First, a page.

Jacob's day starts at 6:15. He has to be on campus by 7:25 and it takes him longer than most women to get himself together in the morning! He was nervous about starting Leon High School, with a head count of around 1,000 kids and three stories of classrooms. Jacob's first day went fairly well, so he said. He was embarrased that he went into the wrong class during the wrong period and didn't know it until his name wasn't called on the roll. We told him he wasn't the only freshman (Oh my gosh, I have a high school freshman! Man, I'm getting old!) who did that yesterday, but I don’t know that our encouraging words helped any! Leon is the oldest accredited high school in the state of Florida and I have been told it is an awesome place to attend and learn. I guess we’ll get to form our own opinion over the next few years. When I picked Jacob up today at 2:00 he was in much better spirits and seemed to be in a good mood. He only complained about the heat today, saying he was, "just hot!"


Brie gets to sleep in until 8:00 am on Mondays, Wednesdays and Fridays (on Tuesdays and Thursdays she has to get up a little earlier so Gavin can get to school by 9:00) and she is very happy to be at the very top of the food chain at Elizabeth Cobb Middle School. She is officially a superior 8th grader. She came home yesterday very pleased with her schedule, except for getting PE again when she thought she would be taking Art. I spoke with the assistant principle this morning and got that changed. I haven't had a chance to talk to her yet, but I hope she likes her new art class. I am expecting great things from Brie this year. Her teachers are too! She was placed in three high school credit classes, Algebra I, Physical Science, and Spanish II. Say a prayer for my baby girl!! Looking at her first day of school pictures, she isn't much of a baby anymore… Deep breath, exhale! I know she can do it... especially if she learns to put even half of the effort towards school that she puts in to her social life! I will be off to pick her up soon - she gets out at 3:50.

1st Day of Pre School!!!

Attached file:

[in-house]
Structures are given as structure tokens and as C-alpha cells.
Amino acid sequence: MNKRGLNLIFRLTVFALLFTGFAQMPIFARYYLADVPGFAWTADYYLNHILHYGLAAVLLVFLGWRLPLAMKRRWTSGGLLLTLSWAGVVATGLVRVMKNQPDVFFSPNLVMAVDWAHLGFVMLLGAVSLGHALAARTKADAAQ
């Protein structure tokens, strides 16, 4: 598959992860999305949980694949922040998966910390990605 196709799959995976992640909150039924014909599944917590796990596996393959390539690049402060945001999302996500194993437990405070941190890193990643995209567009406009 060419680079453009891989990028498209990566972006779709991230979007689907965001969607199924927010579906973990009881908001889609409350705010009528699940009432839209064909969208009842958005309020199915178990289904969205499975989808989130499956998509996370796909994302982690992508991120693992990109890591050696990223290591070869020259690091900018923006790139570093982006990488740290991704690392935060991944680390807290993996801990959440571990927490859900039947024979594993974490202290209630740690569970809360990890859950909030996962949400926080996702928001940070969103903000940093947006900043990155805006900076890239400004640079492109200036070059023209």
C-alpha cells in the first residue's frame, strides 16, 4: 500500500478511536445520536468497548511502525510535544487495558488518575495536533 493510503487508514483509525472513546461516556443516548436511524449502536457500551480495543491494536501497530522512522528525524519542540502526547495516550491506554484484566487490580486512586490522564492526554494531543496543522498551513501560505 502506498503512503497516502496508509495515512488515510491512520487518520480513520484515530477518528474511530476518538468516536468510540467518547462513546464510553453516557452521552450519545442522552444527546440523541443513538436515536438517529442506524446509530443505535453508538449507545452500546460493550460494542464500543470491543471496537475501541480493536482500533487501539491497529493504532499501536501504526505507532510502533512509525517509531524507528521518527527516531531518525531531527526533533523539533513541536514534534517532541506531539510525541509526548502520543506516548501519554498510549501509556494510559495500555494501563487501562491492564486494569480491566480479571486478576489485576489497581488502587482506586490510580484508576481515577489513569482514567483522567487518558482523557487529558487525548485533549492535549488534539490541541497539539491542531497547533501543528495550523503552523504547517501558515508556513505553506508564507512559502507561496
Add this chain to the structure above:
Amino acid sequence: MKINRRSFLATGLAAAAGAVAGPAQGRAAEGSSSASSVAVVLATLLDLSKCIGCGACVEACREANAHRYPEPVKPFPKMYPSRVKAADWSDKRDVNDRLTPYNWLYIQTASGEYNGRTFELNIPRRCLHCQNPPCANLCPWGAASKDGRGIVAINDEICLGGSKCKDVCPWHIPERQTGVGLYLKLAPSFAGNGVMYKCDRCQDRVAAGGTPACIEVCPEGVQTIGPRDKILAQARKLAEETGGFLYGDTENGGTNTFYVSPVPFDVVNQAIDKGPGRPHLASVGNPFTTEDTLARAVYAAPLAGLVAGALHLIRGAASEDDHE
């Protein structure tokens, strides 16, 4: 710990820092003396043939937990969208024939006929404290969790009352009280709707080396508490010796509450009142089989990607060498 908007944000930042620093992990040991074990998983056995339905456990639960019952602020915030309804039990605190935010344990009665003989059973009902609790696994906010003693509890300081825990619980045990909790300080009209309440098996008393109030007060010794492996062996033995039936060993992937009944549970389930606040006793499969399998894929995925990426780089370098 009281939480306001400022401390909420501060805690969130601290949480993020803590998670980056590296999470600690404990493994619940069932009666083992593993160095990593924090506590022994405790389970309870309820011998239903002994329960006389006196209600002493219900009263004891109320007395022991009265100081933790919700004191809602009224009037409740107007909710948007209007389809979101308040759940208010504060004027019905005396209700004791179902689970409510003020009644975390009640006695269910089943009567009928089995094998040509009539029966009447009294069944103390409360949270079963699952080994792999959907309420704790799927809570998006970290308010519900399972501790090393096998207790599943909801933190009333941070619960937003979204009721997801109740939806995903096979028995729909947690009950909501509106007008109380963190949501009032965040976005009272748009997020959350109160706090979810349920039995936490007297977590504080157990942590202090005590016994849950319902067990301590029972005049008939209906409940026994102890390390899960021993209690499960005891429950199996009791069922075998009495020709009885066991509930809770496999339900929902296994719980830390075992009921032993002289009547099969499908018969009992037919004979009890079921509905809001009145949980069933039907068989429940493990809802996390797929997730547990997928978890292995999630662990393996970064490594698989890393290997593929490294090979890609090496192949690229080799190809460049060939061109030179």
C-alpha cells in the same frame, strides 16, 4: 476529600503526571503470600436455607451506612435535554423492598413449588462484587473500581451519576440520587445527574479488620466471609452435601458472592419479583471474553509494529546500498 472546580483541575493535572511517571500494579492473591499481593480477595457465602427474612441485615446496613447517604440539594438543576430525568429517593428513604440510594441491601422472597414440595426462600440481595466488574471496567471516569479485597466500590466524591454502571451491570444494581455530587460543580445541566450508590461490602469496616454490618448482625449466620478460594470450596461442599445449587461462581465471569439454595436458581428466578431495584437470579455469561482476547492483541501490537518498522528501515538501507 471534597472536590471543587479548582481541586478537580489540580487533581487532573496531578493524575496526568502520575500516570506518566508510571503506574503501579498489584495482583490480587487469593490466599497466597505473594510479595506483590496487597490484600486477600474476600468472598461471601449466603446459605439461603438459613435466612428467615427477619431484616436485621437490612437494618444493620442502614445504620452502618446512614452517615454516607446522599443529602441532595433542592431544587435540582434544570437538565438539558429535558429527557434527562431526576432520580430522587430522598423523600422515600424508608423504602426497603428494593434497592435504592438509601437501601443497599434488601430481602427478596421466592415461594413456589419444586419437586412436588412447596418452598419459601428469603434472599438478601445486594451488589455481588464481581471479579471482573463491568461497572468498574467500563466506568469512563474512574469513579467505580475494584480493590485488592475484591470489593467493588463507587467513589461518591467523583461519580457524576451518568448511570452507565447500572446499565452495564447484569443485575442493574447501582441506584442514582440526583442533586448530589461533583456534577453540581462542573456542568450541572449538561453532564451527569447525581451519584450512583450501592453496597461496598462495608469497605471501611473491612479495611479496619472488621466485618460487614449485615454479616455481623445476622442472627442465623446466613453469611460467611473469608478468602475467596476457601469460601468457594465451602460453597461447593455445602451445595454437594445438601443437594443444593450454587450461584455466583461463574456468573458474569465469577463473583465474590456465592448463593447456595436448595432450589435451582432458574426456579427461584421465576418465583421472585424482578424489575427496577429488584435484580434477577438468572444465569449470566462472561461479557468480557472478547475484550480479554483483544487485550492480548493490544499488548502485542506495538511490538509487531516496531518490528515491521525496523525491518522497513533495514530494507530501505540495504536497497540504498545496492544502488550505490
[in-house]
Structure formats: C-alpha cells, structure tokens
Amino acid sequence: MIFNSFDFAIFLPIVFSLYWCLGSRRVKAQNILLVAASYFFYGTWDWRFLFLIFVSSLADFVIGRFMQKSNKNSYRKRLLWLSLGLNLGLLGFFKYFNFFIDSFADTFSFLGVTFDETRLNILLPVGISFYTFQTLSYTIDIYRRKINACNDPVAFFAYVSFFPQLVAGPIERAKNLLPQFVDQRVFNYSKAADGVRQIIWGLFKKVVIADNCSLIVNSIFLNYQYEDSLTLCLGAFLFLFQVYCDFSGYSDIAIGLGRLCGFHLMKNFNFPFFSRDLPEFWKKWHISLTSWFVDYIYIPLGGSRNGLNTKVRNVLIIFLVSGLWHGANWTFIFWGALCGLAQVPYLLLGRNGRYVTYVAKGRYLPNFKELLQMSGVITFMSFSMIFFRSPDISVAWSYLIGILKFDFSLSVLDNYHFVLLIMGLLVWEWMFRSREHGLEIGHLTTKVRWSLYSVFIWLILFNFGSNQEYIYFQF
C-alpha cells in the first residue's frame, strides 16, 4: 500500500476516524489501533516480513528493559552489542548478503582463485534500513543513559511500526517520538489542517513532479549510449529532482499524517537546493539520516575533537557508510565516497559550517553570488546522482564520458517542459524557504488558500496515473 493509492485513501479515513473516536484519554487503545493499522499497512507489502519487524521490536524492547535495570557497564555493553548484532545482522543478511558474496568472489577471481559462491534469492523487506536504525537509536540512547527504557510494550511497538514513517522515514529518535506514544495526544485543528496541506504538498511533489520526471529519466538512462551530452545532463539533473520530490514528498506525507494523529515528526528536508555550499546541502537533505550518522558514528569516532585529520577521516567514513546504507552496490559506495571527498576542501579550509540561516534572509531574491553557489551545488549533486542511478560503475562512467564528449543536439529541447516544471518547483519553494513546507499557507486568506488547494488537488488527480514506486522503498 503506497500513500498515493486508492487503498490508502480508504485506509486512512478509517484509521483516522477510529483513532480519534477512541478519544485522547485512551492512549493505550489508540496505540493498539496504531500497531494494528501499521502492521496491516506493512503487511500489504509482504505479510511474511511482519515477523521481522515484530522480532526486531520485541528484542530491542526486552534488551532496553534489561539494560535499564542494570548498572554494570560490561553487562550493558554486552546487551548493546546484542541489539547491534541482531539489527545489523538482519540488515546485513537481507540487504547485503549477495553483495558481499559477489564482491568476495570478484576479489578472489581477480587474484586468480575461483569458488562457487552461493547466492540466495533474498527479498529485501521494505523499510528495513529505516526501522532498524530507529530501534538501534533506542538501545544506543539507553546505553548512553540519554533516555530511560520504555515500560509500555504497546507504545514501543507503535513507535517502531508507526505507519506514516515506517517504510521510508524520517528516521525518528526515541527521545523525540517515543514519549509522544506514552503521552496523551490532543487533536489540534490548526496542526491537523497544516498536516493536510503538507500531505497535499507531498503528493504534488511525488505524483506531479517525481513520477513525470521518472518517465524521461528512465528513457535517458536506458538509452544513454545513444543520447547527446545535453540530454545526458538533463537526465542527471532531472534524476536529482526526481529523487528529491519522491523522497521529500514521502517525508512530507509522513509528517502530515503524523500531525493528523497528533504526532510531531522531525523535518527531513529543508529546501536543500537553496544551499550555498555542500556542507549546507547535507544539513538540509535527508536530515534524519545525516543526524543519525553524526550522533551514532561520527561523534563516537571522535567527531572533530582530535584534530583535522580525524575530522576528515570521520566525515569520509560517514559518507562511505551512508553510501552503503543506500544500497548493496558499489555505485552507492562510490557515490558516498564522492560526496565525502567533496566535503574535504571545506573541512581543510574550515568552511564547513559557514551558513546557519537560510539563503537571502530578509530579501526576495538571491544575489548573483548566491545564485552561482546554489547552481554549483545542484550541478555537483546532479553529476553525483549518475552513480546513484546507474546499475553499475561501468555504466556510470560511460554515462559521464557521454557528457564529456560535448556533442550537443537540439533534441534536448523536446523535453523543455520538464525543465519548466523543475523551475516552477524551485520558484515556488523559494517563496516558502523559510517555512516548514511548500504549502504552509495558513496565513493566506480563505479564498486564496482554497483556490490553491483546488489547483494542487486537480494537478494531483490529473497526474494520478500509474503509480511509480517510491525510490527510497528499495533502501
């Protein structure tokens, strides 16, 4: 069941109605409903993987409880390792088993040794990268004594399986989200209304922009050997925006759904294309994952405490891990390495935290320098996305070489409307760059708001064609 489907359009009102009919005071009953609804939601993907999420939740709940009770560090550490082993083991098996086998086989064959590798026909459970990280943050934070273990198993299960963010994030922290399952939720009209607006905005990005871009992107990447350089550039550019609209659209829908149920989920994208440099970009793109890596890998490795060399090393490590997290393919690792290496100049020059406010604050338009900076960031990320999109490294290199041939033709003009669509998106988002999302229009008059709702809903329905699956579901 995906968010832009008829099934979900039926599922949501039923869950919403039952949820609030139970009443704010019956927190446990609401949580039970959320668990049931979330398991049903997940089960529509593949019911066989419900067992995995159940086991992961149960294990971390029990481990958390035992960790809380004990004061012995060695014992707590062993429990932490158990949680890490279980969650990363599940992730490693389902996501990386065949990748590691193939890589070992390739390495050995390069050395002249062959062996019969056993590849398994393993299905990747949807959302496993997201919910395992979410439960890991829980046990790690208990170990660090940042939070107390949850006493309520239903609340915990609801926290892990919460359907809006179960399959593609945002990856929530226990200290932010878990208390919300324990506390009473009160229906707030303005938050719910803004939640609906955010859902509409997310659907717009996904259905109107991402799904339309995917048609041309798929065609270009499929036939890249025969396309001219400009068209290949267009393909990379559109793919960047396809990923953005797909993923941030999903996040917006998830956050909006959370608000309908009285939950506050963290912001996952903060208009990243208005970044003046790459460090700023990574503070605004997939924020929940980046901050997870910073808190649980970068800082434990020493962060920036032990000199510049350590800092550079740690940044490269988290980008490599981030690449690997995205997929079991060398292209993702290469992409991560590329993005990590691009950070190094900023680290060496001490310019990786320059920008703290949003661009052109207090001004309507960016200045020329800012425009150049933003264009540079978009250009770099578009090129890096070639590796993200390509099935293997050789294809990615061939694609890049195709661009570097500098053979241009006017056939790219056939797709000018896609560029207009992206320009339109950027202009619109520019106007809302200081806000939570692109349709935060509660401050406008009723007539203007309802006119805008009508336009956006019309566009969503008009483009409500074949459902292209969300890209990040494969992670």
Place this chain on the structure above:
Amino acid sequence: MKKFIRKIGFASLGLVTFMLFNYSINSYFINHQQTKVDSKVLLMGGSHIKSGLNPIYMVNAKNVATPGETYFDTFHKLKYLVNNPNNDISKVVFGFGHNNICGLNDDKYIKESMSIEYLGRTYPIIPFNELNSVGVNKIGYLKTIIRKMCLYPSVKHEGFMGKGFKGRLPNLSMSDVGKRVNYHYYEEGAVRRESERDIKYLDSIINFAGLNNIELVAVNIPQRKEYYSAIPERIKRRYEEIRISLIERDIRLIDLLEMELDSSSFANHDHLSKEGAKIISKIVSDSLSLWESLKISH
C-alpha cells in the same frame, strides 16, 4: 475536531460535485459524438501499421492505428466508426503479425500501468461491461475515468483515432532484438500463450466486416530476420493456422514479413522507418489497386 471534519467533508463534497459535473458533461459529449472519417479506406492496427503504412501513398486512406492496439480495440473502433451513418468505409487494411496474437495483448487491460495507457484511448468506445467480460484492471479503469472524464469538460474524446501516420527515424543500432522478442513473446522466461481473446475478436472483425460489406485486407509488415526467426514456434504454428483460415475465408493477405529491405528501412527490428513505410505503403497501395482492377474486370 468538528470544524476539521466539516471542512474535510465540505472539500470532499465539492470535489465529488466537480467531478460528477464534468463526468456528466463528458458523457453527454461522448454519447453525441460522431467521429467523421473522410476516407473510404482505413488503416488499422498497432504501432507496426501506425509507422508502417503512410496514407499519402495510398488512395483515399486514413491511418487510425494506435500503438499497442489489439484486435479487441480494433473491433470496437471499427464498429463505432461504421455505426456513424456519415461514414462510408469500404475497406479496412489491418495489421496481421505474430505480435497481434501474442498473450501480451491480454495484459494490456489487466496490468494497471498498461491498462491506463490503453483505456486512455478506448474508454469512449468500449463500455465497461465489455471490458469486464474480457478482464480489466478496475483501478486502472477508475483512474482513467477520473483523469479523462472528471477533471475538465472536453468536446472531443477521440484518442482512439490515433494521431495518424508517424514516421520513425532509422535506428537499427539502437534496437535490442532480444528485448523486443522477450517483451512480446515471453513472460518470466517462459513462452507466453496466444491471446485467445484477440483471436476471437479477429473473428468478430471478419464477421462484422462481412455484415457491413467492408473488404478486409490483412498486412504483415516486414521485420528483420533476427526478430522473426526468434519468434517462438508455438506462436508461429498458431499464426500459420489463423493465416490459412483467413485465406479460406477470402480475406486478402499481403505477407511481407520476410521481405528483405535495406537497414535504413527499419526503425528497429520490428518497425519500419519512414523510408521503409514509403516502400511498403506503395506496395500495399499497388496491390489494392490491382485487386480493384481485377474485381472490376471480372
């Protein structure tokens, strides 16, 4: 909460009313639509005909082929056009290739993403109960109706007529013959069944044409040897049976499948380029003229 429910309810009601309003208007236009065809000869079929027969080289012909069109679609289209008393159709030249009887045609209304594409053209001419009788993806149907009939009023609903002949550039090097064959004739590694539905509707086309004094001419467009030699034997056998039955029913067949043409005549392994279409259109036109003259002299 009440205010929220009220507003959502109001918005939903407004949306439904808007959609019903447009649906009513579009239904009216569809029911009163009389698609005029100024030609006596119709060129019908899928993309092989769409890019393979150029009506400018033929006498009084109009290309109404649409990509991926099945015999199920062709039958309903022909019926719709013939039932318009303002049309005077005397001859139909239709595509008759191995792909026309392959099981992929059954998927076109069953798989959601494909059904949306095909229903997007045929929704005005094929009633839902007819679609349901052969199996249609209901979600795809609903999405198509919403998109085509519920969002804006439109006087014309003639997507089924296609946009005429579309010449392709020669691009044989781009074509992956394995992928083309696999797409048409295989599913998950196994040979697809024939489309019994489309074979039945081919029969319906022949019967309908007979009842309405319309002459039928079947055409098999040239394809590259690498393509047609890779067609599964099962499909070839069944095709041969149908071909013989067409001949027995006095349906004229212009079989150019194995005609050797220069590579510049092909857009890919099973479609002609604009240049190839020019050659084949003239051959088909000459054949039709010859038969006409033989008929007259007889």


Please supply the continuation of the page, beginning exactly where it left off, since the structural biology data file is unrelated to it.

And our littlest one was a BIG boy today and went to his first Preschool class! I am very proud to announce that neither Gavin nor I cried (don’t be fooled, tears were definitely on the radar, but I held them back)! His teacher gave him a bucket of cars as soon as we walked in and he was very happy. I guess Gavin and I spilled all our tears at MOPS/Moppets last year. TD and I went to orientation and hoped for the best, opting not to stop by a final time before leaving Killearn campus. When I went to pick him up at noon I was so excited to see him. I was thrilled that he was excited to see me too! As soon as he saw me he gave me a huge hug and said, "I worried about you Mommy!" My heart melted. He laid his head on my shoulder and didn't let go. It was a "sweetest" moment for me. For those of you who have spent a decent amount of time with Gavin, you know that he’s funny about his clothes. G wakes up and gets dressed, changes his clothes after playtime, then again after lunch (before nap) and then gets new shorts after nap. And that’s just on a “normal” day! He likes to change his clothes if they get dirty, or wet, or paint on them, or dust, or if they’re the wrong color for the moment, etc. He also likes to pick out several different pairs of "underwears" throughout the day. And anytime I open any of Gavin's drawers, like to put clothes away or to just get shorts, he has to change all of his clothes. Honestly, sometimes he’ll just stay in his undies most of the afternoon and into the night until he changes into pajamas before bed so I dont have to wash an entire load of his clothes on a daily basis! It can be a bit exhausting at times, but today I found it incredibly hilarious! After my hug, Gavin's teacher said he had a great day and that I over-packed his snacks. She tells me what I should pack going forward and I go on to ask her why Gavin has on his extra pair of clothes. I was wondering if G had an accident, but he rarely has potty accidents, so I was very curious as to what could have happened. Gavin's teacher tells me that after playground time, G came into the classroom a bit sweaty, proceeded to strip down to his underwear and wanted to stay that way the rest of the morning! Ha! I can just see him reasoning with her! She convinced him to put on dry, clean clothes and they talked about having to wear clothes at school!! He's too funny. I'm glad I have a funny story to share with him about his first day of preschool when he gets older. I asked him if he wanted to go back on Thursday and he said yes. He said he had fun and he liked it. My big two year old!